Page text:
4. If you Must Purchase on Arrival…
You can buy an entry ticket at the Basilica but you must buy your ticket 30 minutes before closing or you won’t be granted entry.
I strongly advise that you book your ticket before you go.
You can choose your preferred timeslot by using the dropdown option when you choose your date. The ticket is sent to you electronically.
A review on TripAdvisor recently said that the in-person ticket system is ‘quite difficult’ so ‘plan ahead’.
Another visited in June and could not reserve tickets as they were sold out for the next five days.
→ Further reading: 5 ways to book Sagrada Familia tickets
5. Skip the Line at Sagrada Familia
The first mistake visitors make when visiting the Sagrada Familia is not buying a ticket before they arrive. The second mistake is not opting for a ‘skip the line’ ticket so time is sucked up waiting in line.
It’s really easy to purchase a ticket before you go so there is no need to lose valuable sightseeing time.
For example, reserve your ‘skip the line ticket’ (separate entrance) with a GetYourGuide ‘Original’ tour (hosted by a local 5-star tour guide) or simply purchase an entry ticket in advance and do a self-guided tour.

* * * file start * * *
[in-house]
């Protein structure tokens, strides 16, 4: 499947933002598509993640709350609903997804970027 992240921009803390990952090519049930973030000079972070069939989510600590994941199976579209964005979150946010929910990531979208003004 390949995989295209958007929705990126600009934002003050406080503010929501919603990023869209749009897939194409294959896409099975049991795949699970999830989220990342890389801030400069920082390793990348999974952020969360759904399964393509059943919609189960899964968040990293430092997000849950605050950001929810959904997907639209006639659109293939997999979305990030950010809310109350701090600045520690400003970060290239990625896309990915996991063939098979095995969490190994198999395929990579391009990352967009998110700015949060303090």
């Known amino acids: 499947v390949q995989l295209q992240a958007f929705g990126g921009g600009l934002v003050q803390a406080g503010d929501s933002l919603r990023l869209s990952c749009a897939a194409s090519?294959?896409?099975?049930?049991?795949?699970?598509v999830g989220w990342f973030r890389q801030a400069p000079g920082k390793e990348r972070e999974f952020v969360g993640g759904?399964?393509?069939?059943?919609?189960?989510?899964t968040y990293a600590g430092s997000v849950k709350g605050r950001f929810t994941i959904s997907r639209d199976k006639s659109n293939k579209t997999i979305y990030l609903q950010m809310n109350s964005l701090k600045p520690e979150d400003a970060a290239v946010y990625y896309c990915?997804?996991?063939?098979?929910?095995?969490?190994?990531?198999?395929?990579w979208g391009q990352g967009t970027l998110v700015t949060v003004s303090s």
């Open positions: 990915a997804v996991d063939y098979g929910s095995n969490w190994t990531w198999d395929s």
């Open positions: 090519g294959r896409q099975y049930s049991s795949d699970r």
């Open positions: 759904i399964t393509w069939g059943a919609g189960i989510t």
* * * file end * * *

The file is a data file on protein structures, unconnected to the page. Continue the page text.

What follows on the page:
6. Audio Tours Are Available
Not only are audio tours available, but they are also recommended.
Even group tours use audio devices so they don’t have to shout at the group visitors.
Learn about the history, Nativity and Passion Facades, the bell towers and Gaudi as a religious architect, as strong through the Sagrada Familia, in awe.
7. La Sagrada Familia is Peaceful
Regardless of the numbers or tourists that walk through its doors and the busy design that fills every nook and cranny of the building, the Familia is surprisingly peaceful.
Visitors are so stunned by the architectural design and absorbed by their audio guides to think about talking.
The experience is a really nice contrast to the busy tourist areas like La Rambla.
8. “Works of Antoni Gaudí” and UNESCO World Heritage
Many may already know this but La Sagrada Familia was built, in part, by the architect Antoni Gaudi.
I say ‘in part’ because the design isn’t actually finished yet, more than a century after his death.